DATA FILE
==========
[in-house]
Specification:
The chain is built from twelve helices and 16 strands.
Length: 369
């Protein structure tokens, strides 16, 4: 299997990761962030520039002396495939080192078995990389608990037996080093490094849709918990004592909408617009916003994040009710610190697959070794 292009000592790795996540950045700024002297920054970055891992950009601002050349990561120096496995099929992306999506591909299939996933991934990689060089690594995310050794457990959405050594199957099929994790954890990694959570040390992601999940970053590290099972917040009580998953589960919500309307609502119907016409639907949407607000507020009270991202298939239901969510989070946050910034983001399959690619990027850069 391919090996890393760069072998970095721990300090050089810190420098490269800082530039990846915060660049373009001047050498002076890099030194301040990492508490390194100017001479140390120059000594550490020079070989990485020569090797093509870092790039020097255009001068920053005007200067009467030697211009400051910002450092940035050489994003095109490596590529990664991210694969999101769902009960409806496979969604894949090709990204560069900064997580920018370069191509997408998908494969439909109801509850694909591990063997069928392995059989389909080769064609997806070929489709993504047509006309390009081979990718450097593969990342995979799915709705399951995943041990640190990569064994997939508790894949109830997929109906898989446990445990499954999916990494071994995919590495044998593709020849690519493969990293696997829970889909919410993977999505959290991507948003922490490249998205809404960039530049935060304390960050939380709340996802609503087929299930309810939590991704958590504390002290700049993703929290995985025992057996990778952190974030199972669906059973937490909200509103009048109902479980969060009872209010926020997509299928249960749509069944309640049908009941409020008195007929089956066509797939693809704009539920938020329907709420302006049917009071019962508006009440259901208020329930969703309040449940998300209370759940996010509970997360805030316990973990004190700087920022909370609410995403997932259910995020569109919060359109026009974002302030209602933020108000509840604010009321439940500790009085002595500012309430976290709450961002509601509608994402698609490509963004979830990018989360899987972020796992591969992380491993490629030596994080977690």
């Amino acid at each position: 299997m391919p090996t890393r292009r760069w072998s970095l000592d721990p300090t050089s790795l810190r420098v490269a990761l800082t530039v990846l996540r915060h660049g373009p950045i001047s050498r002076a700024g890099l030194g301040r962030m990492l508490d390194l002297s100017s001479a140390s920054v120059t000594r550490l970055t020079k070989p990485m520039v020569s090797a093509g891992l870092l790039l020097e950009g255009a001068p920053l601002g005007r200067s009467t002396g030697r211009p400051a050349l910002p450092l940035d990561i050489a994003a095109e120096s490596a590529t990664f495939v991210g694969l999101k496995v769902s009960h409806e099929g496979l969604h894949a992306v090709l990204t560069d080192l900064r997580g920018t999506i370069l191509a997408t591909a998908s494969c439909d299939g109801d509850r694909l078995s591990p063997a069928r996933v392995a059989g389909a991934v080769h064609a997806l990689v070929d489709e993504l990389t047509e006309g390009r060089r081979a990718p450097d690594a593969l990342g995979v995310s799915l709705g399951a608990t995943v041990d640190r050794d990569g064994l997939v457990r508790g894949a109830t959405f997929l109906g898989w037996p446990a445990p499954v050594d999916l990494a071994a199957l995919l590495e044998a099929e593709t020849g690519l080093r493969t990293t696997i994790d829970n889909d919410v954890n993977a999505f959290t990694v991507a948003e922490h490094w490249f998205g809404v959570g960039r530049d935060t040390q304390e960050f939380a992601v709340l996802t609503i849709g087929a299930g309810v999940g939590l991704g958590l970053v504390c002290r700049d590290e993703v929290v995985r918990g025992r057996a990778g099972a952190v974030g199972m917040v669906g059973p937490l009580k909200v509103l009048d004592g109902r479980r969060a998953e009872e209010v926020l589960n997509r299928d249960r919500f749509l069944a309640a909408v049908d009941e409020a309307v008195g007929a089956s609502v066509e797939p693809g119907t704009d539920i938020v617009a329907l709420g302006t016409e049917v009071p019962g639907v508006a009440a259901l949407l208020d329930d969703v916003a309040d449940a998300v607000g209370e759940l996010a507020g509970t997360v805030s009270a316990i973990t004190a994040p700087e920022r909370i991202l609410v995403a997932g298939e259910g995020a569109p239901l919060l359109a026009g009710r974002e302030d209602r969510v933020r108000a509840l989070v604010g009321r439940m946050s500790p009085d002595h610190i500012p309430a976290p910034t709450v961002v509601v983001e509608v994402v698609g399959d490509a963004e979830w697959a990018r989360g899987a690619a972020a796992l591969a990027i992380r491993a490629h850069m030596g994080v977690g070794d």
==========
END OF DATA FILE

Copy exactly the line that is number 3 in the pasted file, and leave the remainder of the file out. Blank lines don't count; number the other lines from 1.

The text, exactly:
The chain is built from twelve helices and 16 strands.